Category

Business

Category

If you run a single member business, you’ve probably given a lot of thought to how you can best increase your profitability. In fact, you may have even experimented with some different investment strategies, pricing options, and all sorts of other considerations to see what will work best for you.

But perhaps you haven’t given much thought to your retirement planning needs. You may be so overwhelmed with your day to day operations that retiring is the last thing you could ever even think about right now.

Unfortunately, the reality is that time moves very quickly. Before you know it, you’re going to be in your sixties and thinking about retiring. When this happens, you don’t want to have a feeling of impending doom because you never started saving for retirement.

The easiest and best solution for this problem, as it relates to single member businesses, is the Solo 401k.

How Does a Solo 401k Work?

For those who have no employees within their company, a Solo 401k retirement plan is an incredible option. It offers numerous benefits to single member businesses and is one of the best retirement planning options available to anyone.

While we could list the many benefits of this plan, we’ll stick to three of the main perks related to a Solo 401k:

  • You Can Save a Lot of Money. Get ready for this: with a Solo 401k, you can save a total of $61,000 each year. How is this possible? Well, with this retirement plan, you are considered both an employee and an employer. As a result of this unique status, you can make investments as two different people. in your role as employee, you can contribute $20,500 each year. Conversely, as an employer, you can invest $40,500 each year. All in in all, you save $61,000 annually. This makes the Solo 401k one of the most compelling plans available on the market.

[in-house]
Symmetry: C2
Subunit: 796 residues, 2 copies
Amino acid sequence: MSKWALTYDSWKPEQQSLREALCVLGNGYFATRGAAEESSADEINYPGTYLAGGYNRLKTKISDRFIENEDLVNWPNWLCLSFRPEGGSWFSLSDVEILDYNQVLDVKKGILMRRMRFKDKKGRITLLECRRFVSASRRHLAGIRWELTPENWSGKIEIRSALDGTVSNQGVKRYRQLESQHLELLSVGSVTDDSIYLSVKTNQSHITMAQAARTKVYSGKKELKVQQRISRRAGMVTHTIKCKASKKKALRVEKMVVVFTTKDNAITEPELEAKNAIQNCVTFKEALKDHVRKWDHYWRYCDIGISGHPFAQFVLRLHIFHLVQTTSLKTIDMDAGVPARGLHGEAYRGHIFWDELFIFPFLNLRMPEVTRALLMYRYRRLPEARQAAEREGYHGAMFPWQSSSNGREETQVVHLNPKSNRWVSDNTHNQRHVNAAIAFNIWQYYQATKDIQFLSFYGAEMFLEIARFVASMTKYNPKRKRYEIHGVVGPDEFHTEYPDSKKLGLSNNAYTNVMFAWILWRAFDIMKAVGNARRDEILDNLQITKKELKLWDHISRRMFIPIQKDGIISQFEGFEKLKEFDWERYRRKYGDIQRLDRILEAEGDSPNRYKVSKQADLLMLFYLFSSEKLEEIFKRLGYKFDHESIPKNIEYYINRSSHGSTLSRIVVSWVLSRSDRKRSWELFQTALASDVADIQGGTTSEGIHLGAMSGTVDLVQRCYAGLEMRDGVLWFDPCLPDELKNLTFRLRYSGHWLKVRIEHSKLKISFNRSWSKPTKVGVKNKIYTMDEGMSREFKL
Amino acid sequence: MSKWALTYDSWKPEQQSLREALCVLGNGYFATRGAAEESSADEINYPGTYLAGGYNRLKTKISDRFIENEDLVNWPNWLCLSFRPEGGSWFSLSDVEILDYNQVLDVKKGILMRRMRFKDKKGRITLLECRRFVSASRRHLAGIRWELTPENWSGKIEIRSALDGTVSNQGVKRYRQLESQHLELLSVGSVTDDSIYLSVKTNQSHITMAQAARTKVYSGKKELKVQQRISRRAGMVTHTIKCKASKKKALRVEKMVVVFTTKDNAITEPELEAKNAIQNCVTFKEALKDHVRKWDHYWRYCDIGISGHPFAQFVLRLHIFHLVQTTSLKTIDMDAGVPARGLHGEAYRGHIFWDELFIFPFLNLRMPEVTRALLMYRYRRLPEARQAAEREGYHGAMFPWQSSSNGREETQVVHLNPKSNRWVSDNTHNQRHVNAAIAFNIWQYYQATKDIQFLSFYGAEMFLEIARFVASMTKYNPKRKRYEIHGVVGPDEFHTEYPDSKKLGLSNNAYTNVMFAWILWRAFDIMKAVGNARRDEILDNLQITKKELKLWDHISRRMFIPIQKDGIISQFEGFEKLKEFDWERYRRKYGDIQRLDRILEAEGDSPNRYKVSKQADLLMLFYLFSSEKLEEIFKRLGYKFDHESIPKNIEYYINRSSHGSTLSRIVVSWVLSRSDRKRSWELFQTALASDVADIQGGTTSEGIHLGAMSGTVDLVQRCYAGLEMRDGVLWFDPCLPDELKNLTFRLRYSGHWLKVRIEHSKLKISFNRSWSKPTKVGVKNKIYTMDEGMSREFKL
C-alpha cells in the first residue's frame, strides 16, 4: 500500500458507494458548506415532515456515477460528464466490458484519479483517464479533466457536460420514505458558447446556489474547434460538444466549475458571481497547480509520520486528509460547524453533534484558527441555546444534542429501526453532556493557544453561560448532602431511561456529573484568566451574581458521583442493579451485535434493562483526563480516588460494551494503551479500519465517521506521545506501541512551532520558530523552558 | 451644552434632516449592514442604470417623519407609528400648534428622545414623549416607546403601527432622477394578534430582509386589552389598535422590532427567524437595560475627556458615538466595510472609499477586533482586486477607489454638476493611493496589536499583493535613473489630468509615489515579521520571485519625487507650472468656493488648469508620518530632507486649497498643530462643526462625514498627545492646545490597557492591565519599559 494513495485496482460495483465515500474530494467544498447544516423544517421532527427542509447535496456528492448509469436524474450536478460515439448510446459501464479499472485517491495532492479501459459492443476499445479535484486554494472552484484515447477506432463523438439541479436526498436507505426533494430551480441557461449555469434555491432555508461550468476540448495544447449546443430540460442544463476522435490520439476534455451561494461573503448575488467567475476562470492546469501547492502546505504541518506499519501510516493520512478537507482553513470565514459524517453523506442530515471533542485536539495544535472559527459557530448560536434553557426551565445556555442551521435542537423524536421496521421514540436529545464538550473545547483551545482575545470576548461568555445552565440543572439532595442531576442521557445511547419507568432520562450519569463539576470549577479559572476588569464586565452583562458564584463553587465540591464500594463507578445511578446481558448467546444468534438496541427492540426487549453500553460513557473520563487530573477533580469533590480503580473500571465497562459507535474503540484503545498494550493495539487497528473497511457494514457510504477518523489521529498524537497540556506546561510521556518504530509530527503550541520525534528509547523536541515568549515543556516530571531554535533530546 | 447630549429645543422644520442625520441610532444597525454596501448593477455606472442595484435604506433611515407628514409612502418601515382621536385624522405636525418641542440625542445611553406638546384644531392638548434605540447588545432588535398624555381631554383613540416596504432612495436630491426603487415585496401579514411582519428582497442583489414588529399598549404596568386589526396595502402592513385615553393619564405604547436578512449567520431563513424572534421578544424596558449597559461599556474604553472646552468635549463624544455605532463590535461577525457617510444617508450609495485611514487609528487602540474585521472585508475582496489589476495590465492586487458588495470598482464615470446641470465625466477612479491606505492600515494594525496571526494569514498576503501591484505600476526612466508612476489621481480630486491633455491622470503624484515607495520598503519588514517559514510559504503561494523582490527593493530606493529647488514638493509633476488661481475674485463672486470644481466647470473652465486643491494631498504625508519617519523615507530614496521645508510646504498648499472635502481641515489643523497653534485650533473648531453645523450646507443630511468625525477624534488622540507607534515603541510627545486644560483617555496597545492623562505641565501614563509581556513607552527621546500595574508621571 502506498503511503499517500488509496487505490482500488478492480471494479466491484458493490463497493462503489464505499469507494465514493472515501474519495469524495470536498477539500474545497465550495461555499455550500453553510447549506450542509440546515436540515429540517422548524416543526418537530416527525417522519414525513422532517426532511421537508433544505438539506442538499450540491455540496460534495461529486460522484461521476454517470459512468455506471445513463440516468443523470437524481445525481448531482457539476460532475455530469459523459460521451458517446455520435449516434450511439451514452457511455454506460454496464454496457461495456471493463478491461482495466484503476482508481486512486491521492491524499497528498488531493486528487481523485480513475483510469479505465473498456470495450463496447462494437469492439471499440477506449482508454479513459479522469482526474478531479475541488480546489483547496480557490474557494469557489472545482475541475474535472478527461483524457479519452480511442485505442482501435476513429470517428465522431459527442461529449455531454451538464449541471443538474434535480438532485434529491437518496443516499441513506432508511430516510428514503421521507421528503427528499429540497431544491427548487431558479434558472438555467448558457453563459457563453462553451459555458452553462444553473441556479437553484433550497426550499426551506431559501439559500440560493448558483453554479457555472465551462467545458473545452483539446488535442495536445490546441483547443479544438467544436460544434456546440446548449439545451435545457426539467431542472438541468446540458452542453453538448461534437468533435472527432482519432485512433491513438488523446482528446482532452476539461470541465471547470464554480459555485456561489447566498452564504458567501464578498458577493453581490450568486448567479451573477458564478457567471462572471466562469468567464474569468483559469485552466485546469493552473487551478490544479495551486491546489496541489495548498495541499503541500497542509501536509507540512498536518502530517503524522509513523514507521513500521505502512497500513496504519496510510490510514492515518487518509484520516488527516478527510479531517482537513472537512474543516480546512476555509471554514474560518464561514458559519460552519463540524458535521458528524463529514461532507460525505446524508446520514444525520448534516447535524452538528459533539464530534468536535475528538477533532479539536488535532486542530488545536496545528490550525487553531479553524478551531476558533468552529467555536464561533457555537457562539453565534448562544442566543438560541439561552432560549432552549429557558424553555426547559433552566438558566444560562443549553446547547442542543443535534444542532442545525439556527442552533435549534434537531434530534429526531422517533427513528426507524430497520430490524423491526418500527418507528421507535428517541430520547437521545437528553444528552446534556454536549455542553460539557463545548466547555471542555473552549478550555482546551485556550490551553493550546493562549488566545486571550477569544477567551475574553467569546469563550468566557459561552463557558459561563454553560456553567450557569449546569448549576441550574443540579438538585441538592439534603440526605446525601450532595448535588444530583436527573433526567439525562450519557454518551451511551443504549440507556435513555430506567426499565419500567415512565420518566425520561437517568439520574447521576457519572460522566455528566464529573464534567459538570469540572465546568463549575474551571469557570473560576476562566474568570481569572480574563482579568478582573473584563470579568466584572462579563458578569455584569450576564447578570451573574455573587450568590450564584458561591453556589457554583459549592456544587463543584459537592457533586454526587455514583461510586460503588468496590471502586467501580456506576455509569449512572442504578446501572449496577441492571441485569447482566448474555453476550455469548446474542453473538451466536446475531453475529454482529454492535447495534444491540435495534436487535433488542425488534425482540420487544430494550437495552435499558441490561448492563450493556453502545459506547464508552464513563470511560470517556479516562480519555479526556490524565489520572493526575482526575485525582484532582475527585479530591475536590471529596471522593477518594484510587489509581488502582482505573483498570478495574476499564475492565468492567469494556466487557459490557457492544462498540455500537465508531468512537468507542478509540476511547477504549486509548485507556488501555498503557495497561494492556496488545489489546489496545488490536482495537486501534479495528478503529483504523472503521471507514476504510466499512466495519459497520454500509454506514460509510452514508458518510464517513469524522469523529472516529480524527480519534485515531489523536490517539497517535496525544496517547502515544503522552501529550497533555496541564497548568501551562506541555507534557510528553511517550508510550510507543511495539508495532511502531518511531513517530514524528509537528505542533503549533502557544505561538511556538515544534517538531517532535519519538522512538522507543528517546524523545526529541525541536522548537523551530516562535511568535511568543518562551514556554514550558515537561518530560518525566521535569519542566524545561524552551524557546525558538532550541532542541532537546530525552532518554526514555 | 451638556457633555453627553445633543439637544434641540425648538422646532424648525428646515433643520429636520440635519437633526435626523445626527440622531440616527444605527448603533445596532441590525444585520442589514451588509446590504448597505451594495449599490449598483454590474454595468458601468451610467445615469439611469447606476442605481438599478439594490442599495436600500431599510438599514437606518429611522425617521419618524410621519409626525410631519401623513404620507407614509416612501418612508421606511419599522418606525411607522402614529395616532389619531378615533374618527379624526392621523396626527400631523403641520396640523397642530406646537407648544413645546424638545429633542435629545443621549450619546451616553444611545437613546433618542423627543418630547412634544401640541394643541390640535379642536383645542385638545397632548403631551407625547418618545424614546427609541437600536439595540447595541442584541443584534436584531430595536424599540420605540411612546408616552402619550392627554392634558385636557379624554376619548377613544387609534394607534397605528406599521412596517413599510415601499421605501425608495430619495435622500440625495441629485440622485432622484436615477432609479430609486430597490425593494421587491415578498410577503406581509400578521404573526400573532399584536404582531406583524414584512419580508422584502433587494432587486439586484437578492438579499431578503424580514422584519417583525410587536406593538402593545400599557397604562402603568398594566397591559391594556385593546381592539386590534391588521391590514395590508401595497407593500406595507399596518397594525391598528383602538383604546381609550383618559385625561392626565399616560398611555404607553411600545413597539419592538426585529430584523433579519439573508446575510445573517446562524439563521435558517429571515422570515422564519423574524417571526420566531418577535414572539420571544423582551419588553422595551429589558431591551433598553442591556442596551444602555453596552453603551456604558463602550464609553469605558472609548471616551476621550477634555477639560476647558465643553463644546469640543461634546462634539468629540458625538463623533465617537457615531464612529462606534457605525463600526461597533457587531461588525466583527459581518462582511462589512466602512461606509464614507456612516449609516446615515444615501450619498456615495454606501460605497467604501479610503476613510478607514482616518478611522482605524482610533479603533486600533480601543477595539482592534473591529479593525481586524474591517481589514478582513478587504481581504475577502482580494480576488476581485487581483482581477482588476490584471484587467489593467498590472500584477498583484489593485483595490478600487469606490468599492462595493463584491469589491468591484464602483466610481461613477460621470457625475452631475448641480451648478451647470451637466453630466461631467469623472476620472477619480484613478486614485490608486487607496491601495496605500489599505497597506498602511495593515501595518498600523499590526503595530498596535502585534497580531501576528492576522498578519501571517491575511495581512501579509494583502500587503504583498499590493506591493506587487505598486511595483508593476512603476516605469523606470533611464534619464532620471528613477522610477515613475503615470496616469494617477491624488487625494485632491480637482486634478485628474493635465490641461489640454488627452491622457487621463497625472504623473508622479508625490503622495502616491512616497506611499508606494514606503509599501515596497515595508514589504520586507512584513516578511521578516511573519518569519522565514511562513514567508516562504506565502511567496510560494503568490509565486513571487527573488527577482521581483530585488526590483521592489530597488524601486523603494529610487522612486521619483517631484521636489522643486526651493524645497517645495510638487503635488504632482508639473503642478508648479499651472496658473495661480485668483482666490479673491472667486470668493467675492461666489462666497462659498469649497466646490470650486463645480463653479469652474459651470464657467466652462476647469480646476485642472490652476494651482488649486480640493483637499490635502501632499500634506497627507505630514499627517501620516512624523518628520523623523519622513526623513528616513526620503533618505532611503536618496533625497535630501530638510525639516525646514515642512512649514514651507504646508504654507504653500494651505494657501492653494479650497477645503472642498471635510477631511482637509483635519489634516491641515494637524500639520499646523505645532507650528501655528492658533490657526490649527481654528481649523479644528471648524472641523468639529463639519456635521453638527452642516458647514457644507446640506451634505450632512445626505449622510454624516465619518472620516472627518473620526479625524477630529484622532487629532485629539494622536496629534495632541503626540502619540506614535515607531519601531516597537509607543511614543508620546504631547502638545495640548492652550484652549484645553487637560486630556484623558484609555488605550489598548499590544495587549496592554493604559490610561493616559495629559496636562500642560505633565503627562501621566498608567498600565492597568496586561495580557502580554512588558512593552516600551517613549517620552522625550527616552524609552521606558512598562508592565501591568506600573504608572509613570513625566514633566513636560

• You Have Multiple Tax Options. When it comes to taxes, you have two distinct options available for the Solo 401k. One option available to you is what is known as a Roth contribution plan. Roth contributions are those that are made after-tax. This means that when you retire, you do not need to pay further taxes on your retirement funds as you start to make withdrawals. On the other hand, you may choose to make Traditional contributions. This means that you pay taxes when you make withdrawals, not when you contribute the money. Both options have their benefits, and which method you choose is entirely up to you!
  • You Can Take Out Loans. If you ever find yourself in a bind, you can take out loans of as much as $50,000 from your Solo 401k. Ideally, you would let this money mature until your retirement. But sometimes life can throw you a curveball and you have to figure out a way to navigate difficult financial times.

If you’re considering opening a Solo 401k retirement plan, consider a consultation with a plan provider today!